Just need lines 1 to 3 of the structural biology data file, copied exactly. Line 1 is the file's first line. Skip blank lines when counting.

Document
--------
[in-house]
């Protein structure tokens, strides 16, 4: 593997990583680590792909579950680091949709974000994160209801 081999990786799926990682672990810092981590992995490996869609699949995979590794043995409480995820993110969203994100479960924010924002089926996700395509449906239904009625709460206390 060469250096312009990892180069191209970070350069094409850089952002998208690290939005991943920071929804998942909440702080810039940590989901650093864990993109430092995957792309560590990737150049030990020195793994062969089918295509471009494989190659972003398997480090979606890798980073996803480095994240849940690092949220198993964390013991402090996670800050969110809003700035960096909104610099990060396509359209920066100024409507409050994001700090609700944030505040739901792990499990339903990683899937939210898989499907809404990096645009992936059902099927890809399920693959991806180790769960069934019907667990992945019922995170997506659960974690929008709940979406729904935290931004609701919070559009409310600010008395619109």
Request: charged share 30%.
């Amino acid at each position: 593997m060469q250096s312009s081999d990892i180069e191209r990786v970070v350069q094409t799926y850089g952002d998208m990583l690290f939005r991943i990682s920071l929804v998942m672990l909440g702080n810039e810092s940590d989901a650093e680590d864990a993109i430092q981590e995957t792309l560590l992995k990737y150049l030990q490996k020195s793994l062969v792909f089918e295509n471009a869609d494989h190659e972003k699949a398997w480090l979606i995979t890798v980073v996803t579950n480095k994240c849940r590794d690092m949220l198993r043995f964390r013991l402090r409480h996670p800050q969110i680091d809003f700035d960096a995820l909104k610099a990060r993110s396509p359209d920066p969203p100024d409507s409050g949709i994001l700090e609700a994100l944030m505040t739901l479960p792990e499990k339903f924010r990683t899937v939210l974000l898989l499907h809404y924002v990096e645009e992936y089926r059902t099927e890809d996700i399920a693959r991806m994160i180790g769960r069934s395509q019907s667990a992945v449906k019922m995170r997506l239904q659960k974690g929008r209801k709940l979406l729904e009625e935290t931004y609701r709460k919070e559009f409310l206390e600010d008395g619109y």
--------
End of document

[in-house]
């Protein structure tokens, strides 16, 4: 593997990583680590792909579950680091949709974000994160209801 081999990786799926990682672990810092981590992995490996869609699949995979590794043995409480995820993110969203994100479960924010924002089926996700395509449906239904009625709460206390 060469250096312009990892180069191209970070350069094409850089952002998208690290939005991943920071929804998942909440702080810039940590989901650093864990993109430092995957792309560590990737150049030990020195793994062969089918295509471009494989190659972003398997480090979606890798980073996803480095994240849940690092949220198993964390013991402090996670800050969110809003700035960096909104610099990060396509359209920066100024409507409050994001700090609700944030505040739901792990499990339903990683899937939210898989499907809404990096645009992936059902099927890809399920693959991806180790769960069934019907667990992945019922995170997506659960974690929008709940979406729904935290931004609701919070559009409310600010008395619109």
Request: charged share 30%.